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Am J Clin Nutr. 1999 Dec;70(6):1025-31.

Longitudinal changes in adult fat-free mass: influence of body weight.

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University of Rochester School of Medicine and Dentistry, Rochester, NY 14642, USA.



Almost all of the data on changes in body composition during aging are cross-sectional in nature. These show that fat-free mass (FFM) declines with age.


The goal was to analyze results of assays done in the author's laboratory of the FFM of normal adults studied at intervals for >/=2 decades to ascertain longitudinal changes.


(40)K counting was used to estimate FFM in adult university personnel (15 men, 5 women) over periods ranging from 21 to 38 y. No advice was given about diet or exercise.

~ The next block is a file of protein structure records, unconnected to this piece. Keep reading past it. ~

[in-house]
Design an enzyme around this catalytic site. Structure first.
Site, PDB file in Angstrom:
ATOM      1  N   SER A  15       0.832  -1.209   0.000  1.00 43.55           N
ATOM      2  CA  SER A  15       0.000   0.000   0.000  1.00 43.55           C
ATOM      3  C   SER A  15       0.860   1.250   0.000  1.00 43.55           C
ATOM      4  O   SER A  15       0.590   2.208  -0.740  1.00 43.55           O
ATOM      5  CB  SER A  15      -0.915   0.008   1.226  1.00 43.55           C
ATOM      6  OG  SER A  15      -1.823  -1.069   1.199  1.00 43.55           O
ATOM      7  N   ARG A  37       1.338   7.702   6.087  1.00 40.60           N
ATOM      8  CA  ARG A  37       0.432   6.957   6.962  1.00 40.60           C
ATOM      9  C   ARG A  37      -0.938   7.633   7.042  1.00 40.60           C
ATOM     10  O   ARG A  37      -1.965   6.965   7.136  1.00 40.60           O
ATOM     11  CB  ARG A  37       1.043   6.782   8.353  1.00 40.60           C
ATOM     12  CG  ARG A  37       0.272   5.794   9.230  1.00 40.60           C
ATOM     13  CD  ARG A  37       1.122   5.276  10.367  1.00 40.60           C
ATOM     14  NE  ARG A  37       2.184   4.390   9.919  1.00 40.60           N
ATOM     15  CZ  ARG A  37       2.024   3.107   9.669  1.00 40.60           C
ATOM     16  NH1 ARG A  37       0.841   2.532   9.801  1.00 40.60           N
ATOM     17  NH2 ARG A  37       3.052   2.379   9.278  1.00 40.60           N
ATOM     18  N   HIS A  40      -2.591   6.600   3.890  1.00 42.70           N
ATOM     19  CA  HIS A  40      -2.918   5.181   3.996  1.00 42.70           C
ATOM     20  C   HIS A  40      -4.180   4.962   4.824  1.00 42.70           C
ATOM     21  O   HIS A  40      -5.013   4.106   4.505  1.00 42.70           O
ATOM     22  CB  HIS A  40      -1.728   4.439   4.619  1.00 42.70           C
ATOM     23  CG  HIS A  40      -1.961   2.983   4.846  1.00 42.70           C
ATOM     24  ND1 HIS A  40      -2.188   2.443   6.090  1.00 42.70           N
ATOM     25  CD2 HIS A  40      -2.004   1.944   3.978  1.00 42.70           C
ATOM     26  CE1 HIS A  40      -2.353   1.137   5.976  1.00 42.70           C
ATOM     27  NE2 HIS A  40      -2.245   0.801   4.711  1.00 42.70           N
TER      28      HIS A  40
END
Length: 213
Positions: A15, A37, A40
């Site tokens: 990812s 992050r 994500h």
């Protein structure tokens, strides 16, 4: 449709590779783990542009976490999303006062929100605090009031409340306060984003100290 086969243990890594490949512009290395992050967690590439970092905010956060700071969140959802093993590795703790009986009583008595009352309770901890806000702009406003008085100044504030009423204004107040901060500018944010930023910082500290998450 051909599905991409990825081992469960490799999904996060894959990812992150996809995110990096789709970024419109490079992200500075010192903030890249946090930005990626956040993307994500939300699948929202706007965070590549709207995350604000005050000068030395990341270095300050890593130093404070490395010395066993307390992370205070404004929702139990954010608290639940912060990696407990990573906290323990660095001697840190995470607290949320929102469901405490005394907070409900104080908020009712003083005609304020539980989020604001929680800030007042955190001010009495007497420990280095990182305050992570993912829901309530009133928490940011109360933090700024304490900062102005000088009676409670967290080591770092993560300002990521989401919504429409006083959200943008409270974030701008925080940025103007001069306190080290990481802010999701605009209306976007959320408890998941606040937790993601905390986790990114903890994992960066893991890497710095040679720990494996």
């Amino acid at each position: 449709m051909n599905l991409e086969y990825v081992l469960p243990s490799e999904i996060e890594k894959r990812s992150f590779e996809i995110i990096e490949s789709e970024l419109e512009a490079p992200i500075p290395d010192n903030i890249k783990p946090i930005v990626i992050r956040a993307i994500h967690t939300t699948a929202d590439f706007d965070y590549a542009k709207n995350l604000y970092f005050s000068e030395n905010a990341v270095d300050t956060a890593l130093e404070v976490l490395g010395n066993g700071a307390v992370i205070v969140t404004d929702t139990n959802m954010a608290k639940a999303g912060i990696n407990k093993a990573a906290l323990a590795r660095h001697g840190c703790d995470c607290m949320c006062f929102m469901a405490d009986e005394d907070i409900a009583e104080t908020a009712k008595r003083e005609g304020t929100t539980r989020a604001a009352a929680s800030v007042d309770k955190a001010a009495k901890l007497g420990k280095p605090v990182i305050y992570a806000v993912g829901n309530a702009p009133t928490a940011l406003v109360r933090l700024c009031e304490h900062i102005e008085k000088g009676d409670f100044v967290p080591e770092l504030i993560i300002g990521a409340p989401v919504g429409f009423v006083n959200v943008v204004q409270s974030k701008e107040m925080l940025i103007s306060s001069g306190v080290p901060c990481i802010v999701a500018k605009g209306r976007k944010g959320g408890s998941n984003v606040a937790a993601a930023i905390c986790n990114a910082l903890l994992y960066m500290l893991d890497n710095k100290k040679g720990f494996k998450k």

There was considerable variation in the change of FFM over time. Some subjects lost FFM as the years went by, whereas others actually gained FFM. Analysis of the data showed that change in body weight was a prime factor in determining the magnitude and direction of the FFM change (R(2) = 0.54). Adults who maintained their weight lost an average of 1.5 kg FFM per decade and so gained an equal amount of fat; those who lost weight lost even more FFM, whereas those who gained weight either gained FFM or lost it more slowly than the others. Data from the literature confirmed this trend.


FFM loss is not inevitable during adulthood-at least up to age 81 y, the oldest age yet studied. The magnitude and direction of the FFM change, be it positive or negative, is strongly influenced by change in body weight.

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